« Reply #5 on: May 02, 2022, 08:04:43 PM »
The only experience I have with a mag drill is the annular cutters. I scored a set that had the same odd sizes you speak of but I was able to put them in a 3/4" collet in my mill. After the first couple holes through some 3/8 and 1/2" mild steel plate I said I would never drill again.

I need to get more sizes :)


Offline ljohnsaw

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Re: Mag Drills and Weldon bits
« Reply #6 on: May 02, 2022, 08:07:35 PM »
You can find the bits in 1". The other sizes are more common for clearance when assembling with 1" bolts.  I'd only buy the bits you need instead of a set.
Ahh, that makes sense.  As far as sets go, one bit is $25-$30.  A big set with 11 bits (7/16",1/2",9/16",11/16",5/8",3/4",13/16",7/8",15/16",1" & 1-1/16") is $185.  I figure if I've got the bits in "standard" sizes, I'll find a use on other projects.  I've already suffered drilling too many 1/2" holes and filing it out to 9/16" or 5/8". :-\  I just happen to pick up a 1" depth/2" diameter bit for $2 in a bargain bin last year.  Now that I know what they are used for (and I have the tool!), I'll look for more.

Any particular brand to look for, or look out for?
John Sawicky

Just North-East of Sacramento...

SkyTrak 9038, Ford 545D FEL, Davis Little Monster backhoe, Case 16+4 Trencher, Home Built 42" capacity/32" cut Bandmill up to 54' long - using it all to build a timber frame cabin.

Offline Cornerstone

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Re: Mag Drills and Weldon bits
« Reply #7 on: May 02, 2022, 08:54:19 PM »
Just another reason why HSS annular cutters are so fast is because they don't have as much material to remove as a standard drill bit. They only cut out about 1/8" of any size hole, then the center plug falls out. I've also noticed the mag drills don't spin as fast as my Dewalt drill guns or my drill press. I believe they cut more efficiently at the slower speeds.  
Case 580SK backhoe, New Holland L228 skid steer, Kubota 900rtv, Home made band mill in the works, 1968 Chevy C50 Dump Truck, 1972 C10, 2000 Silverado 1500HD, all sorts of motorcycles.
Ephesians 3: 17-21

Offline Cornerstone

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Re: Mag Drills and Weldon bits
« Reply #8 on: May 02, 2022, 09:02:48 PM »
I pick the 1700 lb. mower up, and set it on the big flat tail end
This is an excellent idea! I presume you do this for taking blades off or any other kind of work that needs to be done under the mower deck? It's literally a giant pain in the neck, the day after I do that job laying on my side with the front end on jack stands. Any other things to be concerned with when you do that? This makes me want to go and sharpen my blades on my gravely 260z now!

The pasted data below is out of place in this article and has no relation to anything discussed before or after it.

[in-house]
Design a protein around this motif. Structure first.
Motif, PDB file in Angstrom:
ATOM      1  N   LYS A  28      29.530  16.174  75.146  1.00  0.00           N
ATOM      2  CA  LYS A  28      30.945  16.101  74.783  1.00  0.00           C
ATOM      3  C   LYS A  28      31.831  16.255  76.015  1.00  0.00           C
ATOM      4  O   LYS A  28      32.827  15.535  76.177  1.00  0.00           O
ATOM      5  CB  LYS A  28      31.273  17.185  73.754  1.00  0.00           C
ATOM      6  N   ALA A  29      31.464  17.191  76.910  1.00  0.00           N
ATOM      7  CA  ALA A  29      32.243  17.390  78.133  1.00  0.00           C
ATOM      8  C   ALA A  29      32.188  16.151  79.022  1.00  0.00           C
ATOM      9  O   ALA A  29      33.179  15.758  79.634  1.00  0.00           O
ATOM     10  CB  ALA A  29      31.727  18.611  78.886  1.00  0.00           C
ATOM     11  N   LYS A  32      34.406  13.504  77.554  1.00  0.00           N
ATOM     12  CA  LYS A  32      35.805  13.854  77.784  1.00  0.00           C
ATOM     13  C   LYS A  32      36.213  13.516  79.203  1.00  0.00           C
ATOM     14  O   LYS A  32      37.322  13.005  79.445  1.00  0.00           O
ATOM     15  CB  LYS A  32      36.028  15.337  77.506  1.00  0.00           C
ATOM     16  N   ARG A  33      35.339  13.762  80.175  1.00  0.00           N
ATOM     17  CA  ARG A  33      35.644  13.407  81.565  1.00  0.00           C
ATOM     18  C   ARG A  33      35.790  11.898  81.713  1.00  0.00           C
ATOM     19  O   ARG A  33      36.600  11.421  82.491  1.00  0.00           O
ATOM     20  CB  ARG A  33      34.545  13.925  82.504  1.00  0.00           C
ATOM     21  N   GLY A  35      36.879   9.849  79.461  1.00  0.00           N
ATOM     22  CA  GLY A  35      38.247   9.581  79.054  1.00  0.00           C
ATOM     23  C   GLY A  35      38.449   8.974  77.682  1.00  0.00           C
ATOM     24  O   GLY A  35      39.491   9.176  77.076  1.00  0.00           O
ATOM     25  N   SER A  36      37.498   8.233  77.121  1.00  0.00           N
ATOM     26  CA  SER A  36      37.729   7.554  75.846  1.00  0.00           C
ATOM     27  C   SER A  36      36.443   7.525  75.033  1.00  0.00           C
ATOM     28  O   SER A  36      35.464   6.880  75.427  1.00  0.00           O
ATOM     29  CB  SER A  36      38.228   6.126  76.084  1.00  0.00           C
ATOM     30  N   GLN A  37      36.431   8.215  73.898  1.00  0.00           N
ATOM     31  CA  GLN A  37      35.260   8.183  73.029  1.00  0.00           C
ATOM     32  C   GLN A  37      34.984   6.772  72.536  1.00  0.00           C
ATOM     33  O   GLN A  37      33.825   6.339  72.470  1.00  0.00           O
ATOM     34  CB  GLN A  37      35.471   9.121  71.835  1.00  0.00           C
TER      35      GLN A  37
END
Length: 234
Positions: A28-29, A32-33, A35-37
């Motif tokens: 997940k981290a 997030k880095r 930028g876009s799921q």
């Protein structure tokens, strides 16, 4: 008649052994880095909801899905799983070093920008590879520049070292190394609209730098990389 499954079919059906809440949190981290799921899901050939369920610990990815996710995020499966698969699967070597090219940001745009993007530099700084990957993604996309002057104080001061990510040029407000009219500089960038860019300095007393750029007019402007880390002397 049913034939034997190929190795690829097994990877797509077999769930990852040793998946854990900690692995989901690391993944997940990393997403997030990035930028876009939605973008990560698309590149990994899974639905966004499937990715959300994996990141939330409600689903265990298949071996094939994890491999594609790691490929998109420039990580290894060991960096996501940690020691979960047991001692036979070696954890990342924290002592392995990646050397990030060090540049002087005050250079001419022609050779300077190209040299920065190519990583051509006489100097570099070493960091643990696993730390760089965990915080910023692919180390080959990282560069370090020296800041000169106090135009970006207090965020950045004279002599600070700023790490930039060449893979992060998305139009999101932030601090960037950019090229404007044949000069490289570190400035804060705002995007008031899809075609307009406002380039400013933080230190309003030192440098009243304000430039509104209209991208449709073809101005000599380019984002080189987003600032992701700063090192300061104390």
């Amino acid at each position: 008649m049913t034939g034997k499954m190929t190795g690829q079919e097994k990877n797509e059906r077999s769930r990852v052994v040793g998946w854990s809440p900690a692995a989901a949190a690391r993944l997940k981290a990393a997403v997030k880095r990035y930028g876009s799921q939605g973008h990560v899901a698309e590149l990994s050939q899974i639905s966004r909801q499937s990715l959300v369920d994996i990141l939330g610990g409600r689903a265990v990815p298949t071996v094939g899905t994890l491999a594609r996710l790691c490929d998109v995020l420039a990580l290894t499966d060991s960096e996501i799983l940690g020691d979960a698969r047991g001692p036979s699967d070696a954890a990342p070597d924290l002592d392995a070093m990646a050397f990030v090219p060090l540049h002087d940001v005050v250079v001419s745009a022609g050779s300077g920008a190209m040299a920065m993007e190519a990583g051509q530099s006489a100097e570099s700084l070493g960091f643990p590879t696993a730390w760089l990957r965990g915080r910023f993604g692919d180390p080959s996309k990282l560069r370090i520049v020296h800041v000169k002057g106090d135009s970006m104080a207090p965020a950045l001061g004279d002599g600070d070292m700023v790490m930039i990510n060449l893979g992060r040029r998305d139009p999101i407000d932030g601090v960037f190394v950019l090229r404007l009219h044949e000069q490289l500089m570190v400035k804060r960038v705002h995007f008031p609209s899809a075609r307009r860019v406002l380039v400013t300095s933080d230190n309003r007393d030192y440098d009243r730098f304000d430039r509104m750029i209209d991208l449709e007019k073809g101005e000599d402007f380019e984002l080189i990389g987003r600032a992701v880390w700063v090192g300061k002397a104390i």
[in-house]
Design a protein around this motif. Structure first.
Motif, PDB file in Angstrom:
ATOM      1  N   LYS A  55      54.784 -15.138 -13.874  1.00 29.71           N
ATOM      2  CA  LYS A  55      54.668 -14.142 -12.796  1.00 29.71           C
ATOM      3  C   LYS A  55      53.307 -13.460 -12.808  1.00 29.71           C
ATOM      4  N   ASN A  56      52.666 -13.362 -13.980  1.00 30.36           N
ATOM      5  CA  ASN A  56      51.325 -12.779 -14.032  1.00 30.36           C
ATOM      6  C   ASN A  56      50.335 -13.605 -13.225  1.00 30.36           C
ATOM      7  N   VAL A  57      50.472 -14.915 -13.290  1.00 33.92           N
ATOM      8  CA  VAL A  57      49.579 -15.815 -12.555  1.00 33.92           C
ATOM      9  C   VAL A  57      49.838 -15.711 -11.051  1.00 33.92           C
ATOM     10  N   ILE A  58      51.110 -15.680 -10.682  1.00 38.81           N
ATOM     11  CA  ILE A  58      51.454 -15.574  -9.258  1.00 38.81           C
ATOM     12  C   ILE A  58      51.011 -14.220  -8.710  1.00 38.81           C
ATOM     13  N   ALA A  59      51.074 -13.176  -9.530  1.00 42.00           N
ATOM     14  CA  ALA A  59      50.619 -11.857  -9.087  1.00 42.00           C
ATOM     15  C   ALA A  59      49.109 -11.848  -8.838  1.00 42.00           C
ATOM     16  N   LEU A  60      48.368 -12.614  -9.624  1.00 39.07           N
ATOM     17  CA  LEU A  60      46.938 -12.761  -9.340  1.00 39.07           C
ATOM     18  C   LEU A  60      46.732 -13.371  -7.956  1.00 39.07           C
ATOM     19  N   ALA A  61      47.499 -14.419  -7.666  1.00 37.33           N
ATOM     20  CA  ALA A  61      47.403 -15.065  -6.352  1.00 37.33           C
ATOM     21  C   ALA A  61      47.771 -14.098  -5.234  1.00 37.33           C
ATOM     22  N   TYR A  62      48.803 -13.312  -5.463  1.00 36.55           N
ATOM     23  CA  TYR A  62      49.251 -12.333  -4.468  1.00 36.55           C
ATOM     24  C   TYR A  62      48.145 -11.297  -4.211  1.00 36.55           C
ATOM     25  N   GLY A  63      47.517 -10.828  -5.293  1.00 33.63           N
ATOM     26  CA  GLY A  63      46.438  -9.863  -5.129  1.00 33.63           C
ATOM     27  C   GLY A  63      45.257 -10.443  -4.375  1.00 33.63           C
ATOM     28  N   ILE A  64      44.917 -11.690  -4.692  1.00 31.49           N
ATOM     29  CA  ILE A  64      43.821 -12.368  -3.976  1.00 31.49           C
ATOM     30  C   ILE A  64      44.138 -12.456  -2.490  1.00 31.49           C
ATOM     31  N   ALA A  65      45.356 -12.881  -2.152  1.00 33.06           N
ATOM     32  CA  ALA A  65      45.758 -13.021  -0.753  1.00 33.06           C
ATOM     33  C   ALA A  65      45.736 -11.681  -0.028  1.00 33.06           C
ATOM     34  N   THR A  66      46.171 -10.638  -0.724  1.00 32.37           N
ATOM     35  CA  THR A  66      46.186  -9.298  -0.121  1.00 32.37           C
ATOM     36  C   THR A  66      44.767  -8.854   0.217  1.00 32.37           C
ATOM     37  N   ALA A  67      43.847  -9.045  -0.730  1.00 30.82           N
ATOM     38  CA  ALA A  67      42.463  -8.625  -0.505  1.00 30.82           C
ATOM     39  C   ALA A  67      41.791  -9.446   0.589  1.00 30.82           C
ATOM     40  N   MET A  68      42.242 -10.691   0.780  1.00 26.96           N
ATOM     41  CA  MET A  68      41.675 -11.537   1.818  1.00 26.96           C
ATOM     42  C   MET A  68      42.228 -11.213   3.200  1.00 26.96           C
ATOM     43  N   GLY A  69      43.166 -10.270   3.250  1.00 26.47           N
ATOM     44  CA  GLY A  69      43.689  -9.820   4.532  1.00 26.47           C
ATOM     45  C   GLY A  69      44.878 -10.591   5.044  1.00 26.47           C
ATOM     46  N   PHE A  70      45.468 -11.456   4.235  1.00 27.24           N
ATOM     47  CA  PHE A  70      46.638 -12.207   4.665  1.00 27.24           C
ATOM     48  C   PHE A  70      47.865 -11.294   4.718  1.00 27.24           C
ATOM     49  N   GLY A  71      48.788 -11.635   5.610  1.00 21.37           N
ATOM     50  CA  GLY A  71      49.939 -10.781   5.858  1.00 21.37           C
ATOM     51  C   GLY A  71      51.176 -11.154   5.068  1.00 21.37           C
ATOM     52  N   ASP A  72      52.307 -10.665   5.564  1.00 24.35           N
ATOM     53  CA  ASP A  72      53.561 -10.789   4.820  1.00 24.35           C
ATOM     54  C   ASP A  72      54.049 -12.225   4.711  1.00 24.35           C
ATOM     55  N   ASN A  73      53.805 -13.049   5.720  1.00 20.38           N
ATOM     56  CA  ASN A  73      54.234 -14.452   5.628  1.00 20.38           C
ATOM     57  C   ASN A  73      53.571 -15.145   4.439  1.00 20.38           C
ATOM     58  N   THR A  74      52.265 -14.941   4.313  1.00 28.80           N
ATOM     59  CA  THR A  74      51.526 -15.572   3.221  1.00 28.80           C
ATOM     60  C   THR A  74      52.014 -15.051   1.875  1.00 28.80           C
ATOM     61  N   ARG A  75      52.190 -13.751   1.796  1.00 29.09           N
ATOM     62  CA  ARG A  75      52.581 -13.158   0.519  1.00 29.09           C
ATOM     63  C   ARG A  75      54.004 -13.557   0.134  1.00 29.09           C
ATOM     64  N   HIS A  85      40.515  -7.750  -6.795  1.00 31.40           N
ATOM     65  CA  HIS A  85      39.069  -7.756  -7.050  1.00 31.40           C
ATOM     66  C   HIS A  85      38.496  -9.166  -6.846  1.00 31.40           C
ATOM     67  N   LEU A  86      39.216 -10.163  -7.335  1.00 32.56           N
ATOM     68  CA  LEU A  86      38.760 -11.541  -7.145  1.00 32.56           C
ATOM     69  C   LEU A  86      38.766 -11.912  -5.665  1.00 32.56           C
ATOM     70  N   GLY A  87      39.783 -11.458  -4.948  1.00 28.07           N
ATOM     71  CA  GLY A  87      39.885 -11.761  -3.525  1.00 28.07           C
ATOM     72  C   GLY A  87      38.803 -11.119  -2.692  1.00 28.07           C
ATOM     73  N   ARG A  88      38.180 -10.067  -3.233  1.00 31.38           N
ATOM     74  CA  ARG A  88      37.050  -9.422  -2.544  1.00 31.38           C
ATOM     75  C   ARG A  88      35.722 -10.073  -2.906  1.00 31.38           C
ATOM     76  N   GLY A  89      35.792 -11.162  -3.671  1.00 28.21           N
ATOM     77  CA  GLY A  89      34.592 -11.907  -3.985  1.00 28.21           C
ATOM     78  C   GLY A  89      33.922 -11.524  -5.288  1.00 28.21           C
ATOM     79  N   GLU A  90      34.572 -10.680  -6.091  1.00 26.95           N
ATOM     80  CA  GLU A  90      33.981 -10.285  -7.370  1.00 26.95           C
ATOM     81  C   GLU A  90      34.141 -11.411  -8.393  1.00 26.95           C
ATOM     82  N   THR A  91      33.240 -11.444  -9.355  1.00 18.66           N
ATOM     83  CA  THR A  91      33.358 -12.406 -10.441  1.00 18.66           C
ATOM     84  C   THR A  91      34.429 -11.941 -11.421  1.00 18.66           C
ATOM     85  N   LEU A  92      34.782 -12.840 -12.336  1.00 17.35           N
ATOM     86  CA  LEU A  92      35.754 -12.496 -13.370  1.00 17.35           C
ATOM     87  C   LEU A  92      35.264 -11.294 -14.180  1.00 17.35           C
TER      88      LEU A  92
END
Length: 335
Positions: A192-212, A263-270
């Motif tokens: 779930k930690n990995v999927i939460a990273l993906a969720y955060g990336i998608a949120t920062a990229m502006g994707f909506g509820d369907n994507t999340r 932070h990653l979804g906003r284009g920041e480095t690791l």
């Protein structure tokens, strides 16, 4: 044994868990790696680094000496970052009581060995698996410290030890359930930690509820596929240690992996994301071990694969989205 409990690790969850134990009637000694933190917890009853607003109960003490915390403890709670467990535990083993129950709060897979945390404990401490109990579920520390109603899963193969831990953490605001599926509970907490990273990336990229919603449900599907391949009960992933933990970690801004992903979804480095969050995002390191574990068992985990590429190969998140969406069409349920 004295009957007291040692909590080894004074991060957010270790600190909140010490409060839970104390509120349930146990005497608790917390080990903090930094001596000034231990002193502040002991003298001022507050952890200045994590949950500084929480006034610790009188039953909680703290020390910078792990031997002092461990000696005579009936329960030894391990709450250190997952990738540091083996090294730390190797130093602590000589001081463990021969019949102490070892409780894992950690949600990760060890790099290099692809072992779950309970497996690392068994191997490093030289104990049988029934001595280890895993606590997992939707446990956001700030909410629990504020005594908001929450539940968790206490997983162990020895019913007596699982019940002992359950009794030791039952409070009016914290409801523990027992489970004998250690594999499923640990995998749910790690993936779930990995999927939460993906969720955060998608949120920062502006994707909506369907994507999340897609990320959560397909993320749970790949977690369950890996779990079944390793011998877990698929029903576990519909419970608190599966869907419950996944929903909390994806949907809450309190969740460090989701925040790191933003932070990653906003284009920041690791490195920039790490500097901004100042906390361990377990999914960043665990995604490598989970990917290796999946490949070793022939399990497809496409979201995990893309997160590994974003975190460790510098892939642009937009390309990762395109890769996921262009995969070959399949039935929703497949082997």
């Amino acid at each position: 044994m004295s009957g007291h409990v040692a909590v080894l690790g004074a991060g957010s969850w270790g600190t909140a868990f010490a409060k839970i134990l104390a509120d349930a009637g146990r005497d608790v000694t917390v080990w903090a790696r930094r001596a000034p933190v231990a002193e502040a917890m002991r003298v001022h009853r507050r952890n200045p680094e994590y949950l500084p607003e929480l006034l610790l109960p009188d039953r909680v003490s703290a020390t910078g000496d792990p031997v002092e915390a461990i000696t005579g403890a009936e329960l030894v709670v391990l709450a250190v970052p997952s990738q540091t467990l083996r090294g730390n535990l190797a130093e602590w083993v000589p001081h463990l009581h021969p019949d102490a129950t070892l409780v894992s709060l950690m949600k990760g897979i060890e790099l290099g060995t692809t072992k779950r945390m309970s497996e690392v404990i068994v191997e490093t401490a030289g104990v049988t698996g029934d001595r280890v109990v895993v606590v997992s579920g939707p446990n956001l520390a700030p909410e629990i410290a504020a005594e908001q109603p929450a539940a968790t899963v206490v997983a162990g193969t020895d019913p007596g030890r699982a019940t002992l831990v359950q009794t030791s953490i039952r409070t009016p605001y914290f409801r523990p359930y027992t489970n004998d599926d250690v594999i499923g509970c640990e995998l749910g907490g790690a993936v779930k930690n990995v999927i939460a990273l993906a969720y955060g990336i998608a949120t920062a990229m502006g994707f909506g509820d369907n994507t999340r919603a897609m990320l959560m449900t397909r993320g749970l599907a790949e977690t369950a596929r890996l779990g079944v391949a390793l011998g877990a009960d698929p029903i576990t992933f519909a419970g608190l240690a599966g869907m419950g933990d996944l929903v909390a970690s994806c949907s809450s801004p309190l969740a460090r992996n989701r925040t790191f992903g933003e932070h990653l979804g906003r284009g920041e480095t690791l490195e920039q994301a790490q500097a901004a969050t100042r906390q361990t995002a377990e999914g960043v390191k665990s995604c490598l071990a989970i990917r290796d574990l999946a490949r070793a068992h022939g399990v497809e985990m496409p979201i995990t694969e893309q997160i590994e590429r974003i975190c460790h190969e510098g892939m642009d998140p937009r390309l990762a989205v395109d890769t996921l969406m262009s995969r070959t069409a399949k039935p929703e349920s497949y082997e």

Case 580SK backhoe, New Holland L228 skid steer, Kubota 900rtv, Home made band mill in the works, 1968 Chevy C50 Dump Truck, 1972 C10, 2000 Silverado 1500HD, all sorts of motorcycles.
Ephesians 3: 17-21

Offline Tom King

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Re: Mag Drills and Weldon bits
« Reply #9 on: May 02, 2022, 09:51:17 PM »
Yes.  I like sharp blades, but won't get under a mower, so might as well do it so I don't even have to bend over.  That marine lifting ring will lift 5,500 pounds, but even with that, I'm not getting under anything.

I set the mower back down, and don't run it until the next day.  I don't know where the oil goes in the 35hp Kawasaki (only motor that mower was available with).  It never smokes after leaving it overnight.  I didn't want to try it right away.

A 1" hole is no big deal for a big magnetic drill.  I would probably go 1/2, 3/4, and then to the 1".  They work good with car reamers too.  I drilled that 3/4" hole with a 1/2" bit, and finished with the 3/4.  It's variable speed, constant torque, as well as a couple of speed ranges.  If the bit will cut, it's going right through something.

It seems to me like it cuts easier than a regular drill press.

Offline Don P

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Re: Mag Drills and Weldon bits
« Reply #10 on: May 03, 2022, 07:02:43 AM »
Having done that with the tractor style mower, there's a boat winch and pulley on the shed beam at the barn. If you lift it clear you'll need to chock it to keep the mower from gracefully turning on its tail. I was pulling the transaxle a couple of weeks ago. Uhhh and the battery leaks if you don't remove it  :-[. But what access!
The future is a foreign country, they will do things differently there - Simon Winchester

Offline Tom K

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Re: Mag Drills and Weldon bits